Steinbeck uses two characters to bring out the theme work talent, Elisa Allen who is portrayed as strong and hardworking, loves working and catering for her chrysanthemums plants .She is 35 years old and is married to Henry .Elisa loves spending time on her chrysanthemums and is in fact the only one who has mastered the art of growing them. She is well equipped with the right tools to take care of the chrysanthemums; she had an apron and had pockets to keep all the tools she needed “covered by a big corduroy apron with four big pockets to hold the snips, the trowel and scratcher, the seeds and the knife she worked with. She wore heavy leather gloves to protect her hands while she worked.” (Steinbeck, line5). Elisa specialized in the growing the plant that not even insects would destroy them; she knew how to deal with them with her strong fingers on time. Her husband is not surprised that she is at it again and acknowledges that it is a gift when he proposes if she can also consider growing apples. She confesses to him that it’s a talent she inherited from her mother. “I've a gift with things, all right. My mother had it. She could stick anything in the ground and make it grow”(Steinbeck ,line 10) .When the wagon man comes along, she rarely gives him attention until after he mentions the chrysanthemums that she becomes alert and kin and is ready to explain to him on how they are managed .Elisa becomes eager and alert and she is quite sure that no one knows how to take care of the crop apart form herself. After she gets some of the chrysanthemums for lady the man had suggested, she gives clear instructions on how the plant is to be handled. On her way to Salinas for dinner with her husband, her mind is on the chrysanthemums she had given the man, were they well taken care of or had the man ignored the instructions she had been given?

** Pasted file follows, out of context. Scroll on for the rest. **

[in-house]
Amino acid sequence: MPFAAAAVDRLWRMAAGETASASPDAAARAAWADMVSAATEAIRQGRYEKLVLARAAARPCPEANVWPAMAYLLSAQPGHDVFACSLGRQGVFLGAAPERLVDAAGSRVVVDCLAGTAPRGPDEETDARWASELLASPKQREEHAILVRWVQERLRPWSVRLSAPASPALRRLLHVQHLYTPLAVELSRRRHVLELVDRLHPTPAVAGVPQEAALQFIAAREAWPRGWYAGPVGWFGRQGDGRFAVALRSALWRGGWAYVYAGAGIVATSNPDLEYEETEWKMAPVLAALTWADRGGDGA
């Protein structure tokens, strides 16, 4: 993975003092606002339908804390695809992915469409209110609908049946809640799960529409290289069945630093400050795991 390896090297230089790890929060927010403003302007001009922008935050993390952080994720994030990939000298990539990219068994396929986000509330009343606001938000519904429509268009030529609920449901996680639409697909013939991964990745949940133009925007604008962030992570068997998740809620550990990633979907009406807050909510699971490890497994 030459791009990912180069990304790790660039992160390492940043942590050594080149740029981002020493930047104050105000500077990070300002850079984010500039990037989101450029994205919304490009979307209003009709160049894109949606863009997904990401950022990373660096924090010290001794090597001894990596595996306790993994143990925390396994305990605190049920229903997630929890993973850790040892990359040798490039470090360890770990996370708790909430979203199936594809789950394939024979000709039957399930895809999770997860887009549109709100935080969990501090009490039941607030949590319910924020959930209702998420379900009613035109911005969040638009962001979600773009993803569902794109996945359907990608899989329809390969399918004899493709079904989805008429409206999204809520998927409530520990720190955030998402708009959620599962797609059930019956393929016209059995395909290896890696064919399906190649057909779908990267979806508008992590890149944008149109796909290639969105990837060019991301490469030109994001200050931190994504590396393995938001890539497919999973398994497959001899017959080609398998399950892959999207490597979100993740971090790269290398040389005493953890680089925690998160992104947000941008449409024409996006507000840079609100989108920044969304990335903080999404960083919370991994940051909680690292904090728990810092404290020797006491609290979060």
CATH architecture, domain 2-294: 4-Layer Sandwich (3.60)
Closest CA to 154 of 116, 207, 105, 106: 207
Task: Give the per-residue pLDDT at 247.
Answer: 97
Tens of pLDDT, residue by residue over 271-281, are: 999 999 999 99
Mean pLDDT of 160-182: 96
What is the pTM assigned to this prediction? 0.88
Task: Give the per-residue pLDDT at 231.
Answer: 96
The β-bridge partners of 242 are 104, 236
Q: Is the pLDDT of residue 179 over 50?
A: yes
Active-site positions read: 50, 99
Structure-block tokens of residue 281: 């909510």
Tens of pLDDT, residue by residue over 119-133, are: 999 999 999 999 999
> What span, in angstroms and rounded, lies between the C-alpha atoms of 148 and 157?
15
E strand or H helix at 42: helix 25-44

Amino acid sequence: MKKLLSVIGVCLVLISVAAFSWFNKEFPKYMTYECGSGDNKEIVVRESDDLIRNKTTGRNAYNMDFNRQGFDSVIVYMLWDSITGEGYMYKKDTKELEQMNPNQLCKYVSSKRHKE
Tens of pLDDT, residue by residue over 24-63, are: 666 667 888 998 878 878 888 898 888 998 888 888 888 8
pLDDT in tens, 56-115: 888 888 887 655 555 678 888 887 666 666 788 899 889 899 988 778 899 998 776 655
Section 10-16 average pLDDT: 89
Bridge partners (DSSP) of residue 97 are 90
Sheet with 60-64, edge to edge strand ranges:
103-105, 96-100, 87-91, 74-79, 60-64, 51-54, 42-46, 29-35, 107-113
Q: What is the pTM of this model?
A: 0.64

The second character used by the author is bring out the theme is the wagon man, despite the fact that he doesn’t not have a decent home, he is not ashamed of his work any if given a chance he performs it at his best level. After meeting Elisa, all that he is concerned about is sharpening her tool or repairing any of her broken pots. However Elisa turns him down and he becomes distraught until after he is given a chance to practice what he does best. The man explains to Elisa how he has perfected his art and that how the work earns him a living, he goes ahead to inform her that, if she does not offer him a job he will sleep on an empty stomach “His face fell to an exaggerated sadness. His voice took on a whining undertone. "I don’t have a thing to do today. Maybe I won't have no supper tonight. You see I'm off my regular road.” (Steinbeck, line 45).The man also explains to her that he does very good work but at a low cost so that he can be the best person offering the service. Moreover just like Elisa the wagon man has got the necessary tools to get the work going “got a special tool. It's a little bobbit kind of thing, and patented. But it sure does the trick" (Steinbeck, line 44).
In conclusion, people in Salinas concentrate on their work with an aim of perfecting it. They understand that without hard work, one is likely to become financially bankrupt. This is one of the reasons why Elisa and her husband only go out for dinner after they have made a kill. Talents should always be natured through hard work and consistency because they can be a great source of income and pride if well natured.
Steinbeck John. The Chrysanthemums: Perfection Learning, 2007
Steinbeck John. The Chrysanthemums: Retrieved from http://amb.cult.bg/american/4/steinbeck/chrysanthemums.htm on 18th June 2010.
Cao, Xuegin & Hawkes, David. The Story of the Stone: The Crab-flower Club. Penguin Classics, 1986